Nothing is done until the last touches are applied. The icing on the cake…that swipe of lipstick…that last piece of the puzzle; satisfaction comes from seeing all the elements come together in any project. The cabinets have arrived and the artist’s wares are being placed on shelves in the new League of NH Craftmen’s fine craft gallery in Hooksett. Take a peek at how it is coming together for Saturday’s grand opening.
Grand opening and ribbon cutting ceremony Saturday February 14th, 2015, 2:00. Hooksett Welcome Center I93 north bound.
of the League of NH Craftsmen Fine Craft Gallery at the
Hooksett Welcome Center on I-93 Northbound
SATURDAY, FEBRUARY 14, 2:00 PM
Ribbon cutting and accolades to our supporters:
The New Hampshire Charitable Foundation
The Duprey Companies
Mount Sunapee Resort
The Curt and Alice DeSouza Little Fund
of the New Hampshire Charitable Foundation
and an Anonymous Donor
Come and meet the Manager and Sales Staff, enjoy light refreshments.
This new venue will serve to educate the public about fine craft,
promote the work of League juried craftsmen, and will encourage travelers
and commuters to shop at the seven League fine craft galleries throughout New Hampshire.
Ted Ney of North Cove Design
With cabinet designs firmly under construction next came the fun part of creating that backdrop to showcase the work of the League of NH Craftsmen in their new space. As much fun as it would have been to go crazy with fixture design (I am an artist after all) restrain is always needed when showcasing artwork to let the back drop be just that; a supporting role to highlight and magnify the work of others.
On one of our later visits to the space we were surprised to see that the decorative ceiling painting in entire space had extended down into our own open-air retail space. The warm wood-tones of natural maple fixtures combined with this ceiling color [Sherwin Williams “Secure Blue”] gave me the jumping off point to choose final colors. Another opportunity to remain zen, we were told the ceiling color was “Atmospheric Blue” that we based our gradation on then had to change on the spot.
With the upper part of our wall being the dark blue and having the need for it to be a neutral where our artisans wares were to be placed, I decided on a gradation in the style of the ceiling. “Secure Blue” fading to “Atmospheric Blue” fading into California Paints “Waterloo” then ending with “Stucco Tan”, each color smudged into its previous.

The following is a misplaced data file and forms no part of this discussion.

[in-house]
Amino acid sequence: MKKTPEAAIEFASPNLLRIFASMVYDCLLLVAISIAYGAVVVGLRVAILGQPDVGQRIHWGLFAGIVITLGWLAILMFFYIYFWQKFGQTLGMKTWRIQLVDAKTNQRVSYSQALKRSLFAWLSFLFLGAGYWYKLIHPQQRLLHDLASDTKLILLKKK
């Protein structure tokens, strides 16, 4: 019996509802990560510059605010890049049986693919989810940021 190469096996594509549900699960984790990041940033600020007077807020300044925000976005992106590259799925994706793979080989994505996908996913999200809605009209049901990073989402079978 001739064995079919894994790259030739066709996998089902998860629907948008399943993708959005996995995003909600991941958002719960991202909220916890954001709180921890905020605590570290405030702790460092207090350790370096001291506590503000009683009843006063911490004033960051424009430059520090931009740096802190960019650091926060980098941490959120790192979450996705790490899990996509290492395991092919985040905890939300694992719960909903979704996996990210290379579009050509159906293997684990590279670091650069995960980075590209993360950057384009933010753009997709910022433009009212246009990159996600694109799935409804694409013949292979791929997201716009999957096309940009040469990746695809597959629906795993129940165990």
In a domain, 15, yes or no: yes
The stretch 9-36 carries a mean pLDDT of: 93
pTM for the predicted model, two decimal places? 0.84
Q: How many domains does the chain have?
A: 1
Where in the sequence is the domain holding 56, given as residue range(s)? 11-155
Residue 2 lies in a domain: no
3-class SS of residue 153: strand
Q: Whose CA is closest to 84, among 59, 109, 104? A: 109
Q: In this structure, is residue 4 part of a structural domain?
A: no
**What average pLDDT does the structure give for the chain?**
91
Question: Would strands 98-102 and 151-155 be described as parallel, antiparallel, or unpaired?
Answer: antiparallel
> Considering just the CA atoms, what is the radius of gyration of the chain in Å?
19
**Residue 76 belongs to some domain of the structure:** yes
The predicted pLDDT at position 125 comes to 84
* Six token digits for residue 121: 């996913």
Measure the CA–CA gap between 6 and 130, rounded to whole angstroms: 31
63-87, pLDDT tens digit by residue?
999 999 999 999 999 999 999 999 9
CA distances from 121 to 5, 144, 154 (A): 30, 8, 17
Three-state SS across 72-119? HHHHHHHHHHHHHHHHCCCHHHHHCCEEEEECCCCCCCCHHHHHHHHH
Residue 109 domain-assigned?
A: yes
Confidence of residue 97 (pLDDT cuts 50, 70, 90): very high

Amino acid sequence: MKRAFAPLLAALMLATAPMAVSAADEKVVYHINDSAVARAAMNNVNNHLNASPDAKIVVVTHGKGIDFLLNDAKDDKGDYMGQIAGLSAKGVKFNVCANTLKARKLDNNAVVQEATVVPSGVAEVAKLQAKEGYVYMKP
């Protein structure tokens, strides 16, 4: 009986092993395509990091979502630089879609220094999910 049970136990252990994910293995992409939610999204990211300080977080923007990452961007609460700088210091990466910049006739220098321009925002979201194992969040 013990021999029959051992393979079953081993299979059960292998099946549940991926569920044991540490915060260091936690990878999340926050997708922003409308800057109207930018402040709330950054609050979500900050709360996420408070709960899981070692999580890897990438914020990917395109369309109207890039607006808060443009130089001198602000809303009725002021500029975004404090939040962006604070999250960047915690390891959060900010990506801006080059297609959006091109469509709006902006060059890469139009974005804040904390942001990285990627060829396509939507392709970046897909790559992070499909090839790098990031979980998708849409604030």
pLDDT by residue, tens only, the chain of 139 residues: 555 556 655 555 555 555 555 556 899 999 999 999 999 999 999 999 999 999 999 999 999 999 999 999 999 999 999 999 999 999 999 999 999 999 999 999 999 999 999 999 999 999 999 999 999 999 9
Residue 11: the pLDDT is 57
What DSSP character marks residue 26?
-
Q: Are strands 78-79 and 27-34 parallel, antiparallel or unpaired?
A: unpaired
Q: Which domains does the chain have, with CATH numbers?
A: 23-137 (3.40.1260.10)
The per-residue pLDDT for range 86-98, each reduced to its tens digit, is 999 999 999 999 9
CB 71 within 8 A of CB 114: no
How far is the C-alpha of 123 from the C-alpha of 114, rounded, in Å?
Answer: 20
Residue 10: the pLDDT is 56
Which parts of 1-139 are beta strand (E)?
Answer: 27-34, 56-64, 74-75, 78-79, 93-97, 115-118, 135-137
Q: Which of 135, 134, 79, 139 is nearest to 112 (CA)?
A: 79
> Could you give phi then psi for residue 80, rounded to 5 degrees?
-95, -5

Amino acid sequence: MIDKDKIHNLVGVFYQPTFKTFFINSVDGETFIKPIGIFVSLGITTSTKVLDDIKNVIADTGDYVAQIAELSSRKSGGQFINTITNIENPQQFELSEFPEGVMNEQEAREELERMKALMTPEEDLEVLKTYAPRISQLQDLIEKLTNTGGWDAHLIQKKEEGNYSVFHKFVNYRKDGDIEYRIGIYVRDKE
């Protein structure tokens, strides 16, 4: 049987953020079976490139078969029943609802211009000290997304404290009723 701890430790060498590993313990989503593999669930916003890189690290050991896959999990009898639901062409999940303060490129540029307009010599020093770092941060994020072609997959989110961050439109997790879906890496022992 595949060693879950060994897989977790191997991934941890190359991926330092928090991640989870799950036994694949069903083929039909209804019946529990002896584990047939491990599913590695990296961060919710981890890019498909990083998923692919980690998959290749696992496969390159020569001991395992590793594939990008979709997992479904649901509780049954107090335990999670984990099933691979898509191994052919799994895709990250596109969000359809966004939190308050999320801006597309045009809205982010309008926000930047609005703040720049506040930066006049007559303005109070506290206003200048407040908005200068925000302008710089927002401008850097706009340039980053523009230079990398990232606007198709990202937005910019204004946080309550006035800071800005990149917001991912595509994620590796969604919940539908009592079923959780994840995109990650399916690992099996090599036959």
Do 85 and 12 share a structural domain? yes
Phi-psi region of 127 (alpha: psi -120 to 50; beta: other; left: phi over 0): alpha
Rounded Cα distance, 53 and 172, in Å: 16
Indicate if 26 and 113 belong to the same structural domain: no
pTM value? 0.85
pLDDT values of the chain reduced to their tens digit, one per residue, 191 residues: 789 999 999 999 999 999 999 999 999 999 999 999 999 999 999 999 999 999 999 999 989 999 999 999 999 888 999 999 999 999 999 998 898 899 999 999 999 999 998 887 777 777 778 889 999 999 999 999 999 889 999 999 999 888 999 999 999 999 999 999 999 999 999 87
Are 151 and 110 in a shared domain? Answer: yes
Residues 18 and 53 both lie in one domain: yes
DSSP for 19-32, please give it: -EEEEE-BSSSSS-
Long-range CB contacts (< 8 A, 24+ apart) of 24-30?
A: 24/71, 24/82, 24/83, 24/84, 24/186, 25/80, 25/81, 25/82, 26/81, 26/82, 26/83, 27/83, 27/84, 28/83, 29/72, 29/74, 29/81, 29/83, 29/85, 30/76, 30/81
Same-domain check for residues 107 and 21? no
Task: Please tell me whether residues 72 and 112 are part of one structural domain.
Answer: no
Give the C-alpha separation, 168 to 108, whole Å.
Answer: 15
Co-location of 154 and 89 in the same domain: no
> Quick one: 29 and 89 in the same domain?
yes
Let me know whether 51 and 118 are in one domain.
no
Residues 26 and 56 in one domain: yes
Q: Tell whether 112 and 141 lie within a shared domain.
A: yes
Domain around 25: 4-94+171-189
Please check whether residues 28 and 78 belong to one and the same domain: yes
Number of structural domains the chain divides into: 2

Rule of thumb; when artwork of varying colors, textures and intensities are to be displayed together, the backdrop needs to be a “neutral” color that contains redness, yellowness AND blueness. What we think of as neutral color—like gray for example—may not truly be neutral & can be detracting if it is not balanced with all 3 hues. If you mix red, yellow and blue together you get brown; so think beige and tans for truly neutral.
The volunteer painting crew L to R: Prudy Gagne, the League’s Finance Director and Catherine Green, the League’s Standards & Education Manager. Terri Wiltse, the League’s Operations Manager & Fair Director is taking the picture and was ALWAYS behind the scenes through this entire project!
Catherine—who is also an artist—doing the delicate job of blending all colors one into another to create the gradation down the wall to end with our perfect neutral. I missed out on all the painting because I was moving into a new home this week.
Also happening during this time period:
- Terri worked with Big Jim’s to have a specialized door designed to fit into the unusually large opening to the space.
- The committee worked with Advantage Signs to design a sign for the exterior of the space utilizing an artisan-made wrought-iron hanging post recycled from the Concord League gallery.
Next post will show setting up the shop!
A final delivery is only as good as the labor that went into it; ask any mother! So as the League of NH Craftsmen prepares to deliver it’s newest gallery to the public this week-end, here is another look behind the scenes at what has gone into creating it. See part 1 of this series for the background story.